A mother-daughter story of reinventionabout an African American woman who unexpectedly inherits a sugarcane farm in Louisiana Why exactly Charley Bordelon’s late father left her eight hundred sprawling acres of sugarcane land in rural Louisiana is as mysterious as it was generous.... show more
A mother-daughter story of reinventionabout an African American woman who unexpectedly inherits a sugarcane farm in Louisiana Why exactly Charley Bordelon’s late father left her eight hundred sprawling acres of sugarcane land in rural Louisiana is as mysterious as it was generous. Recognizing this as a chance to start over, Charley and her eleven-year-old daughter, Micah, say good-bye to Los Angeles. They arrive just in time for growing season but no amount of planning can prepare Charley for a Louisiana that’s mired in the past: as her judgmental but big-hearted grandmother tells her, cane farming is always going to be a white man’s business. As the sweltering summer unfolds, Charley must balance the overwhelming challenges of her farm with the demands of a homesick daughter, a bitter and troubled brother, and the startling desires of her own heart. Penguin has a rich tradition of publishing strong Southern debut fictionfrom Sue Monk Kidd to Kathryn Stockett to Beth Hoffman. In Queen Sugar, we now have a debut from the African American point of view. Stirring in its storytelling of one woman against the odds and initimate in its exploration of the complexities of contemporary southern life, Queen Sugar is an unforgettable tale of endurance and hope.
Publish date: February 6th 2014
Publisher: Pamela Dorman Books
Pages no: 384
Edition language: English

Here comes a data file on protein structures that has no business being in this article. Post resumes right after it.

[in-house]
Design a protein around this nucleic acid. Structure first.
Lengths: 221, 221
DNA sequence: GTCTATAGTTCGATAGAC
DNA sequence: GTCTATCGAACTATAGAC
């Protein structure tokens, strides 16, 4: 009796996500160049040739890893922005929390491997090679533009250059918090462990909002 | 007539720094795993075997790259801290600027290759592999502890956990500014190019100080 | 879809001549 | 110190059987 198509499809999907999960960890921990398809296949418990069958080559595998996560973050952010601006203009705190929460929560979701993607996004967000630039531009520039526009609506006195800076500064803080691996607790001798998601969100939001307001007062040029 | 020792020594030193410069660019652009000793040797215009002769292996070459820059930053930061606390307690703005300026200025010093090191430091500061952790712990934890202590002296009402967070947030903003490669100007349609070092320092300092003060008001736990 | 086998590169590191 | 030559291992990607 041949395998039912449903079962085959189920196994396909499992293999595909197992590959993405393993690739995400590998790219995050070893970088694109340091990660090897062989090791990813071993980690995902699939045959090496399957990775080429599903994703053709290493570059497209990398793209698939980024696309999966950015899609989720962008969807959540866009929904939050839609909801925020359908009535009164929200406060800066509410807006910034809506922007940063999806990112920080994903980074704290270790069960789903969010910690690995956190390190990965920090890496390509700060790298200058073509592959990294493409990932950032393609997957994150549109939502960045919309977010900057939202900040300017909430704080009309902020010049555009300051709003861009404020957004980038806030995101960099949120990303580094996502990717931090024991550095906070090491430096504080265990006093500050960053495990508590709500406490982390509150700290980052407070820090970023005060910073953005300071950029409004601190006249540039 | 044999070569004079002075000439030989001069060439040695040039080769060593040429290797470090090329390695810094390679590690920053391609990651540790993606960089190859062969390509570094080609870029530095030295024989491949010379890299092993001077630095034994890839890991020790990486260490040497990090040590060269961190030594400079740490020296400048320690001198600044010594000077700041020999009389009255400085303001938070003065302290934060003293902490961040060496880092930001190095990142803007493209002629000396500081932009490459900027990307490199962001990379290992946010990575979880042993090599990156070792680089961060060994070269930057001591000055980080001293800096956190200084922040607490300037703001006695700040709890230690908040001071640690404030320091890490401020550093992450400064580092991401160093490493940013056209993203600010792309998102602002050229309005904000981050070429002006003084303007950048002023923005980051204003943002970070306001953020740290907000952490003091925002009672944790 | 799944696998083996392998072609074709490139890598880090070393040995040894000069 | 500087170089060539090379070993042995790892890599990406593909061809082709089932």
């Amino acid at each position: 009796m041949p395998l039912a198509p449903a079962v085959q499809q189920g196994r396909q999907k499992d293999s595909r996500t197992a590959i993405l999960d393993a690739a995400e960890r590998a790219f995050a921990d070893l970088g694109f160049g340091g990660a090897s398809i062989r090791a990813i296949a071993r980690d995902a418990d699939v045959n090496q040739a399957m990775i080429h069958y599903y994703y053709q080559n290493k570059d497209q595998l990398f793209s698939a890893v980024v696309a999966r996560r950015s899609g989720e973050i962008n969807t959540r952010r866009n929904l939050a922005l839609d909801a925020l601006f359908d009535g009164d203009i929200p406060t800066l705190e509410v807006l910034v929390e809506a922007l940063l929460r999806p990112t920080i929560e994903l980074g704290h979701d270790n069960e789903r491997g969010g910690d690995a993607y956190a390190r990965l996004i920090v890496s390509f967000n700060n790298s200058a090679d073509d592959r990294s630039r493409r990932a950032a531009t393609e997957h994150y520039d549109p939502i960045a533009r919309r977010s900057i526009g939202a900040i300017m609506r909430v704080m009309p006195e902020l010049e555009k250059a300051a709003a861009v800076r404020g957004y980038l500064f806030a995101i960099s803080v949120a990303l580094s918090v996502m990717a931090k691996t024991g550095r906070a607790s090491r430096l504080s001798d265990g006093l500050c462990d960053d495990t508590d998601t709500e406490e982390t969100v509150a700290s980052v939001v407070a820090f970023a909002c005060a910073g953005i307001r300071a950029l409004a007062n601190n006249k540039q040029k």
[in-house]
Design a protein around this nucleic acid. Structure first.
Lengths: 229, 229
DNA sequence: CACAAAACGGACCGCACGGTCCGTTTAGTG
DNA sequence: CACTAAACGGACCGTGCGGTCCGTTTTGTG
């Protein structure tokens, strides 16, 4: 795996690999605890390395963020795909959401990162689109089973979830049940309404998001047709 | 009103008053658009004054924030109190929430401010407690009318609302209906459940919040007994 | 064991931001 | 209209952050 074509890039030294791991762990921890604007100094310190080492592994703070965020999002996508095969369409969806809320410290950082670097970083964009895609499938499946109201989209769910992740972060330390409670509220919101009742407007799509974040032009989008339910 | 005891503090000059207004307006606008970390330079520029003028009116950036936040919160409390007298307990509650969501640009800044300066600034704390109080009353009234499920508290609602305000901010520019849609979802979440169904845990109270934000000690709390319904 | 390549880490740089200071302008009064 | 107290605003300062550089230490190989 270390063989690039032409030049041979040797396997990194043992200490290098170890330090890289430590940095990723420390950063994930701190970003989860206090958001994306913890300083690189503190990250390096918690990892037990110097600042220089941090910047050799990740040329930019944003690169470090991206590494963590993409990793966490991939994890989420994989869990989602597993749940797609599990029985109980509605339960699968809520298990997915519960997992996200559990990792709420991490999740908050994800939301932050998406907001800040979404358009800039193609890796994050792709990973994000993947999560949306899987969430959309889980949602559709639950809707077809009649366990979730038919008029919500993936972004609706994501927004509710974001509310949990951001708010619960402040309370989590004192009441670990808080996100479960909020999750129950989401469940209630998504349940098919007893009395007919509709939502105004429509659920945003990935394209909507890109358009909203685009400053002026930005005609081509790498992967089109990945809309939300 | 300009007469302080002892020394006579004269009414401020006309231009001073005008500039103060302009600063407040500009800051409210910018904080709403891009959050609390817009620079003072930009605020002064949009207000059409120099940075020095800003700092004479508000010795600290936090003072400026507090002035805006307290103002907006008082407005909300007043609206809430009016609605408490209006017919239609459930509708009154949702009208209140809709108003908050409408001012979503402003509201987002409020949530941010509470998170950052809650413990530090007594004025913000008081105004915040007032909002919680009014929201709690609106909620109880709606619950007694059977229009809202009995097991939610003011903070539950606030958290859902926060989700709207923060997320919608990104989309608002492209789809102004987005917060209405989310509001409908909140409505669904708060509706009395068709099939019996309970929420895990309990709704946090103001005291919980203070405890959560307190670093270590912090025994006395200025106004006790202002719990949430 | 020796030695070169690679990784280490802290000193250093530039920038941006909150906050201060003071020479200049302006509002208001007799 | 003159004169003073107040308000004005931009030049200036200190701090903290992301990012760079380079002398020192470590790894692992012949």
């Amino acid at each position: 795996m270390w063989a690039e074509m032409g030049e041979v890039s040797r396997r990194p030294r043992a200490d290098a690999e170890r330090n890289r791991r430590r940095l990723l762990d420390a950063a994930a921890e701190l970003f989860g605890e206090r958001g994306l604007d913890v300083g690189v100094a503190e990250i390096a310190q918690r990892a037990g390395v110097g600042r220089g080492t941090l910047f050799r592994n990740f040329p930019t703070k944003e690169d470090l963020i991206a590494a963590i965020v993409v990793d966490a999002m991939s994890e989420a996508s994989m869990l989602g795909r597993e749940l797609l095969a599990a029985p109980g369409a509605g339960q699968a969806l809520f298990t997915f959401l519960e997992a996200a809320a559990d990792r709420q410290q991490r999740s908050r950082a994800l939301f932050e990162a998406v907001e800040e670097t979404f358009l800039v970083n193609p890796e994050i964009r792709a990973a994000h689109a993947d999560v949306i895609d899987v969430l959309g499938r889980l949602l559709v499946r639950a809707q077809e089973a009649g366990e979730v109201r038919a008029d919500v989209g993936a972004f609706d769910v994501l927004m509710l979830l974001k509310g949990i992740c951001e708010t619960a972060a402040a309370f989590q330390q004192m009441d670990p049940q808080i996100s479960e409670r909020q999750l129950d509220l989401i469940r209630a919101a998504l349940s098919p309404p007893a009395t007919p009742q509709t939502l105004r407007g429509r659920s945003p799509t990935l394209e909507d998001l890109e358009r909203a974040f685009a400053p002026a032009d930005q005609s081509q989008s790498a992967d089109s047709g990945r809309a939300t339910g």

This is very descriptive of the ins and outs of sugar cane farming. It's pretty full of struggles from beginning to end. I liked it, but I don't recommend it for anyone looking for a pick-me-up read.
ABR's full Queen Sugar audiobook review and many others can be found at Audiobook Reviewer.
Queen Sugar by Natalie Baszile is the story of Charley Bordelon a widow with a daughter at the start of her teenage years. Charley’s father has died of cancer and for some reason he has leveraged everything he has into buying an 800 acre sugar cane plantation in Louisiana. When her father passed Cha...
Charley's father passes away and instead of leaving her money or properties in California, like she was anticipating, he leaves her a sugar cane farm in Louisiana, where he worked as a boy. I can only imagine Charley's reaction to be something like this: #dafuq A modern black woman who has sp...
This novel didn't really work for me as a whole. The description of sugar cane and sugar cane farming are great -- this woman clearly did her research, and I enjoyed that.But the setup is odd and the characters are hard to believe. There is something seriously, dangerously wrong with the daughter ...